Marie-Laure lives with her father in Paris near the Museum of Natural History, where he works as the master of its thousands of locks. When she is six, Marie-Laure goes blind and her father builds a perfect miniature of their neighborhood so she can memorize it by touch and navigate her way home. When she is twelve, the Nazis occupy Paris and father and daughter flee to the walled citadel of Saint-Malo, where Marie-Laure’s reclusive great-uncle lives in a tall house by the sea. With them they carry what might be the museum’s most valuable and dangerous jewel.
In a mining town in Germany, the orphan Werner grows up with his younger sister, enchanted by a crude radio they find. Werner becomes an expert at building and fixing these crucial new instruments, a talent that wins him a place at a brutal academy for Hitler Youth, then a special assignment to track the resistance. More and more aware of the human cost of his intelligence, Werner travels through the heart of the war and, finally, into Saint-Malo, where his story and Marie-Laure’s converge.
This is the December pick for my real-life book club. I always shy away from World War II books, if left to my own instincts. My father was too young to participate in WW2, although he was old enough to be obsessed with it and remembered listening to the radio, hanging on every word of the reporting. I think he was just old enough to get kind of romantic about the bravery & necessity of fighting that war. As an adult, he read piles of non-fiction about the war, went to Remembrance Day services every year and I think he really wished that he’d been of age to join up.
I have no such romantic ideas about war. It’s a dirty, dangerous business and I’m glad that Dad never had the opportunity to get mixed up in it. So I have reservations about fiction concerning this war—I don’t want it glorified or romanticized any further.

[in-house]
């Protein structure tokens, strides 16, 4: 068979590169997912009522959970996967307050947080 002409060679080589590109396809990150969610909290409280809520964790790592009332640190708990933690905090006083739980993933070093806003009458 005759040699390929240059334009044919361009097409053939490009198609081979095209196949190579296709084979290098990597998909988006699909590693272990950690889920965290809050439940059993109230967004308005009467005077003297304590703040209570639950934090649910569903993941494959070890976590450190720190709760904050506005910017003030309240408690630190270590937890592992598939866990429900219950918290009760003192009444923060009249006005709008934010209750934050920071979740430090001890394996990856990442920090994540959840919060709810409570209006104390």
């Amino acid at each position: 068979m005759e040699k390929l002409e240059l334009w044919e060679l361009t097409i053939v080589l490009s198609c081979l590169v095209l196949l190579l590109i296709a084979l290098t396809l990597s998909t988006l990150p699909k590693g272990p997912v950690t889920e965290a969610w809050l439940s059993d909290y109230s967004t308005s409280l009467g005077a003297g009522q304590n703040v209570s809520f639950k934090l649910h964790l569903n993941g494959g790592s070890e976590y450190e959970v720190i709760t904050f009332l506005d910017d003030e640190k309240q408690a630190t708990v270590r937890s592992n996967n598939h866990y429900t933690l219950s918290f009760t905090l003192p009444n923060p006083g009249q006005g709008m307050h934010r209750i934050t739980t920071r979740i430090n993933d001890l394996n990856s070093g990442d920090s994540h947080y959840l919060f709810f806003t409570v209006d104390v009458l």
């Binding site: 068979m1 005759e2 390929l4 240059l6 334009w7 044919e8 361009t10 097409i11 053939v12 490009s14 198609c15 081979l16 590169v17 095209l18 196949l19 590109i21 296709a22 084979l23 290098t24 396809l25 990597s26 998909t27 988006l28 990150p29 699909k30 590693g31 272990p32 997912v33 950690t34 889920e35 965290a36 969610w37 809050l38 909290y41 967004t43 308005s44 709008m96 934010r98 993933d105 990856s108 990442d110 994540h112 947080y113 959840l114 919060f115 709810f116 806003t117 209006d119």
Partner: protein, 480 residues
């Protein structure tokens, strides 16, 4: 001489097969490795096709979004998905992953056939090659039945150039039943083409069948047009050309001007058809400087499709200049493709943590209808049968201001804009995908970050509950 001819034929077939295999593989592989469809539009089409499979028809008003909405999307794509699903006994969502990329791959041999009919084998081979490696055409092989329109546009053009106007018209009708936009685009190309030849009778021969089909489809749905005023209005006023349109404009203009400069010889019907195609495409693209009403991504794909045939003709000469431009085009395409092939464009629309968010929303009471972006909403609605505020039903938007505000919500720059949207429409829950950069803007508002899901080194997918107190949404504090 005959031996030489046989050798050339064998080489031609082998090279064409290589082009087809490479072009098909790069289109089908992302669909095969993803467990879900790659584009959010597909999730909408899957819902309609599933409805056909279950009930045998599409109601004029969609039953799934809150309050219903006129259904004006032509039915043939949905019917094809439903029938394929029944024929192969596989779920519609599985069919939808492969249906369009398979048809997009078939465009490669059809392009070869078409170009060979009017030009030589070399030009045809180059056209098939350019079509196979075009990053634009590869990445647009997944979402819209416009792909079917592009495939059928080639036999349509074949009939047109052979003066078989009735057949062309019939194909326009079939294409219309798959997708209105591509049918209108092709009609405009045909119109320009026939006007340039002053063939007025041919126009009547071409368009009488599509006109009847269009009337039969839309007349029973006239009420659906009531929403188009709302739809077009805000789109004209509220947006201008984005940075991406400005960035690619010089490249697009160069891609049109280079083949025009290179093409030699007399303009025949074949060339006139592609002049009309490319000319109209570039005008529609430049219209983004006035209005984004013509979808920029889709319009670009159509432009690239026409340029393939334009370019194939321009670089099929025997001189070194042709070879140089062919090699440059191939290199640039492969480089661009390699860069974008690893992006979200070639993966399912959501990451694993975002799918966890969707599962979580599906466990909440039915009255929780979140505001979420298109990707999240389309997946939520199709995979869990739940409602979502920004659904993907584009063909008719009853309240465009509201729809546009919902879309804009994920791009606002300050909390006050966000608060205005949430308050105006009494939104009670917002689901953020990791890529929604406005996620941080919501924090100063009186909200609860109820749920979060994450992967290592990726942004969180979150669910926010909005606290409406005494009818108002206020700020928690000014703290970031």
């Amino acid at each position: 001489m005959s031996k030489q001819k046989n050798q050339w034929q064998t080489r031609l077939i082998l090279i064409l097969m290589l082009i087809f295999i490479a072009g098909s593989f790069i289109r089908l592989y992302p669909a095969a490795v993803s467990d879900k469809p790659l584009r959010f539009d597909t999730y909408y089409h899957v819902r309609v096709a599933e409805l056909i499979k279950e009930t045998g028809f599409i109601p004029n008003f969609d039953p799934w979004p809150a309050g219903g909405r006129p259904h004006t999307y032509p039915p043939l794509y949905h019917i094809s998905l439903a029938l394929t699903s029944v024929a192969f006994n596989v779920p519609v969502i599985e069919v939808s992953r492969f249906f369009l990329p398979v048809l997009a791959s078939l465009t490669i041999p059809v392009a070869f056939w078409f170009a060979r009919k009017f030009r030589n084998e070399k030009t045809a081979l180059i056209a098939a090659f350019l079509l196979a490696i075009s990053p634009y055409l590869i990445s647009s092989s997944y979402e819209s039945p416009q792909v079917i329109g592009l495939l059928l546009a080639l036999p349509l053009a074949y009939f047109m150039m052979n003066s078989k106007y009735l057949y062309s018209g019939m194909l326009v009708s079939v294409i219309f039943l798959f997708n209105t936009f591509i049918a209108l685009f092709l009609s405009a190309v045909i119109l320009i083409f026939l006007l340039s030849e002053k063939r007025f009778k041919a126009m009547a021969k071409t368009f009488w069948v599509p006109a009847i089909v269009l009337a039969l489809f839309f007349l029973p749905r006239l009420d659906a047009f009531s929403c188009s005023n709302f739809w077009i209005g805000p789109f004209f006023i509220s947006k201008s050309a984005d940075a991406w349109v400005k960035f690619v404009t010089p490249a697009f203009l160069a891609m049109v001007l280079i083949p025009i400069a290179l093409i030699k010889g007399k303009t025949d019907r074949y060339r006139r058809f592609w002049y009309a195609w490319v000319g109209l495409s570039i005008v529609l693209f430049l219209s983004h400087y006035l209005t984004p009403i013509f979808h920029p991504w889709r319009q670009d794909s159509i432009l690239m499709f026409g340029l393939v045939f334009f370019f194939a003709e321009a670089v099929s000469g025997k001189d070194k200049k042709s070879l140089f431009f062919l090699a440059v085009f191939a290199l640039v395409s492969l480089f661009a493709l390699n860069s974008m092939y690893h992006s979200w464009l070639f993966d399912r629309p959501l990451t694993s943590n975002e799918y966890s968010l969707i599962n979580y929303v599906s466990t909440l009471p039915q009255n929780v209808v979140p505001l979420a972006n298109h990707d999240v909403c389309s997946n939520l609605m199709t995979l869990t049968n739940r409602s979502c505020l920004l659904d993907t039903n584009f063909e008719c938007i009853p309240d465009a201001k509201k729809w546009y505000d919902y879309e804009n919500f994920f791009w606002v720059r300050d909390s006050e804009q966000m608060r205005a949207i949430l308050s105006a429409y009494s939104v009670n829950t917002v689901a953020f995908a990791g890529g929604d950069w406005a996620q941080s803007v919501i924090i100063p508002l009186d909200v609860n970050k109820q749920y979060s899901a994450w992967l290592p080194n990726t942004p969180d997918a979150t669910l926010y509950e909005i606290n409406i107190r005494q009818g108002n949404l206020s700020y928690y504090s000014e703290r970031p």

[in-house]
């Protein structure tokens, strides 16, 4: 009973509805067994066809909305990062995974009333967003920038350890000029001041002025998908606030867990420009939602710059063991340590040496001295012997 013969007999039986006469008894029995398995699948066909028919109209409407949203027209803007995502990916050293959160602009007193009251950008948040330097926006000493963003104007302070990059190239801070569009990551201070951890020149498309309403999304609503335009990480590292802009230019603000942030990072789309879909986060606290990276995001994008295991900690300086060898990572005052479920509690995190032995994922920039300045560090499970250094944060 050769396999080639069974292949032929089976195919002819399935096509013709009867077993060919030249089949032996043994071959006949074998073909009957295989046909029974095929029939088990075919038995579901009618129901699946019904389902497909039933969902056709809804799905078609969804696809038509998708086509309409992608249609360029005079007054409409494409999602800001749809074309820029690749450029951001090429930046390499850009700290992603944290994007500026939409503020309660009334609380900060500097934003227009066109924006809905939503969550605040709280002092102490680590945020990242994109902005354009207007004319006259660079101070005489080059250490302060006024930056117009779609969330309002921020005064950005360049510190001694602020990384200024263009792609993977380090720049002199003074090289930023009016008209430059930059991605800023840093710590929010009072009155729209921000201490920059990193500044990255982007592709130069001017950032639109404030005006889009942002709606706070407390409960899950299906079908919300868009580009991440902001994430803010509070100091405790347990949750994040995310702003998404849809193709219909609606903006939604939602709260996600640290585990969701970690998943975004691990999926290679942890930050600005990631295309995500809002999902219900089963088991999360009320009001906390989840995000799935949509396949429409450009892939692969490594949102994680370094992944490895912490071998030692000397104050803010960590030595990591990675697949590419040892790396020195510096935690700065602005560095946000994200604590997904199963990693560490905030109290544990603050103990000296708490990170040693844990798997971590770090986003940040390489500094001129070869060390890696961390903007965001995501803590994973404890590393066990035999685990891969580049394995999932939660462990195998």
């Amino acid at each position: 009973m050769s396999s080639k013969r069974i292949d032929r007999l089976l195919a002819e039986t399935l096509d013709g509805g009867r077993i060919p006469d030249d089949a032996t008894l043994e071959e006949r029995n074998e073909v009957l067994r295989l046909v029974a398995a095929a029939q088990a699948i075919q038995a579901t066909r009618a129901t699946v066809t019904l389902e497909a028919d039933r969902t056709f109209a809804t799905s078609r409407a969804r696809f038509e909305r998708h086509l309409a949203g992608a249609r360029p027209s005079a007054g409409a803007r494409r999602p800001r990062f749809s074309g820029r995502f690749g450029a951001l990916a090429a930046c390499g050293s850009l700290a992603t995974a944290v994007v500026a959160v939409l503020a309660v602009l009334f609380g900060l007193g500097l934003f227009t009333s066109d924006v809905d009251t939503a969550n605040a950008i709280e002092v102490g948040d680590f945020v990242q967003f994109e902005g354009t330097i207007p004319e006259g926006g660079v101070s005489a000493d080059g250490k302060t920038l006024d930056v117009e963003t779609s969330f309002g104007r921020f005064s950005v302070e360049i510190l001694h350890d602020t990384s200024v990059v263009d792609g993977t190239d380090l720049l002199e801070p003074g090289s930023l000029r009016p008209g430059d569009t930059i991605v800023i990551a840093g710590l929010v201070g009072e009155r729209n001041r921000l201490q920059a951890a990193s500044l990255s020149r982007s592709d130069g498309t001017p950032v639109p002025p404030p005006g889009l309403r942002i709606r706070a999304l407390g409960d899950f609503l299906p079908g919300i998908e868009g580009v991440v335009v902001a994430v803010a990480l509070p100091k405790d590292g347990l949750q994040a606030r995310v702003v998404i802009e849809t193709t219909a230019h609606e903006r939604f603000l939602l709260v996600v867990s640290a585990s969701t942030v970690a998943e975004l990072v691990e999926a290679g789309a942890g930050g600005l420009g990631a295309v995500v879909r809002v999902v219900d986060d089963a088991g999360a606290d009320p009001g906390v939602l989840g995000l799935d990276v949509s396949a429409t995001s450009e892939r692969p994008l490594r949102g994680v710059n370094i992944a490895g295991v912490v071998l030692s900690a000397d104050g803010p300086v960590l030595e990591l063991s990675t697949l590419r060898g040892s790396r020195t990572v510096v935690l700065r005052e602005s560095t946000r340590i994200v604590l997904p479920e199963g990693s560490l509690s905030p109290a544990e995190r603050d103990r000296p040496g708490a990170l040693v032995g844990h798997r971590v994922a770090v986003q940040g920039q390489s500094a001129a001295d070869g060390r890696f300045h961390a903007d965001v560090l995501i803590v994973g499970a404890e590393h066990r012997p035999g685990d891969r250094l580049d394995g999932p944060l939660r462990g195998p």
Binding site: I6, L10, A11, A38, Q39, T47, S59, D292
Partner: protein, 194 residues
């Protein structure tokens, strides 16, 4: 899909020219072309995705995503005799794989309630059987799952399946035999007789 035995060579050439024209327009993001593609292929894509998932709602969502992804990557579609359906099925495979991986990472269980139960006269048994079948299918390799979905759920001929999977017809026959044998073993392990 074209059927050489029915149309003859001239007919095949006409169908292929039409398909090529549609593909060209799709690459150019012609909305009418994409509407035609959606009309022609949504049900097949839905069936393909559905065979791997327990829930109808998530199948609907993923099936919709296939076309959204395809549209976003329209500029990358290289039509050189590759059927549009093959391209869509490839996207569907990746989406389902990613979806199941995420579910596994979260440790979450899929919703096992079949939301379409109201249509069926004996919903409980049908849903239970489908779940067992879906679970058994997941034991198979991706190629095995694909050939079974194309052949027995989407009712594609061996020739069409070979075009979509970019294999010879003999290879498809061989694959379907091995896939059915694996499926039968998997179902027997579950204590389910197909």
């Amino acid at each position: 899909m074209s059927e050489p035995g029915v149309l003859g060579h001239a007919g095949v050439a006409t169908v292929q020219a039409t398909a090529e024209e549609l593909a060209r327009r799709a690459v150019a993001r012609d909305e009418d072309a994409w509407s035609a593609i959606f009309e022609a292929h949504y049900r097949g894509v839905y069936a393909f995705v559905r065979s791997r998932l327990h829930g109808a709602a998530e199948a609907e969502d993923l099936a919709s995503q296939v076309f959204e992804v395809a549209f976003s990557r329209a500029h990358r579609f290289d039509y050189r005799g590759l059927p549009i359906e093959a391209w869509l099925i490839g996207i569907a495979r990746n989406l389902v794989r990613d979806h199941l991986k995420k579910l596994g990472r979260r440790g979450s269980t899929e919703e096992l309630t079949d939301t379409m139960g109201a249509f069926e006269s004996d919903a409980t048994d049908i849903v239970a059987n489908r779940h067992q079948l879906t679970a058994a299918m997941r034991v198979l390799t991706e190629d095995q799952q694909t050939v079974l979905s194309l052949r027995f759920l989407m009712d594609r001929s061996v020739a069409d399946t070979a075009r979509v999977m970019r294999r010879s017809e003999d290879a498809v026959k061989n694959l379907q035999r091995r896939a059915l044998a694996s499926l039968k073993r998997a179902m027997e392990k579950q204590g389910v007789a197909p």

All the Light We Cannot See doesn’t romanticize, despite the fact that it is beautifully written, well plotted, and a rather seductive read. Indeed, it is the tension of people doing things that they know aren’t right or doing things that they consider dangerous that gives the book its tension.
I was reminded by Werner’s part of the tale of Markus Zusak’s novel, The Book Thief. As an orphan, Werner’s options are scanty, but he has intelligence on his side. But what if the only outlet for that intelligence is working with the Nazis? Should he have chosen to go down into the mine that killed his father? And even if he did, wouldn’t the flow of minerals still be aiding the Nazi war effort? There are no good choices, not even for the rich (as the story of his friend Fredde shows us).
I also loved the scenes set in the Museum of Natural History, being a museum worker myself. Plus, I loved Fredde’s obsession with birds and Marie-Laure’s appreciation of shells. Having pursued a life-long amateur study of natural history, I could see myself in these pursuits.
So if you, like me, are sitting on the fence about reading this book, I recommend that you give it a try. Yes, you will read about the brutality of war, but you will also meet people who will give you hope for humanity.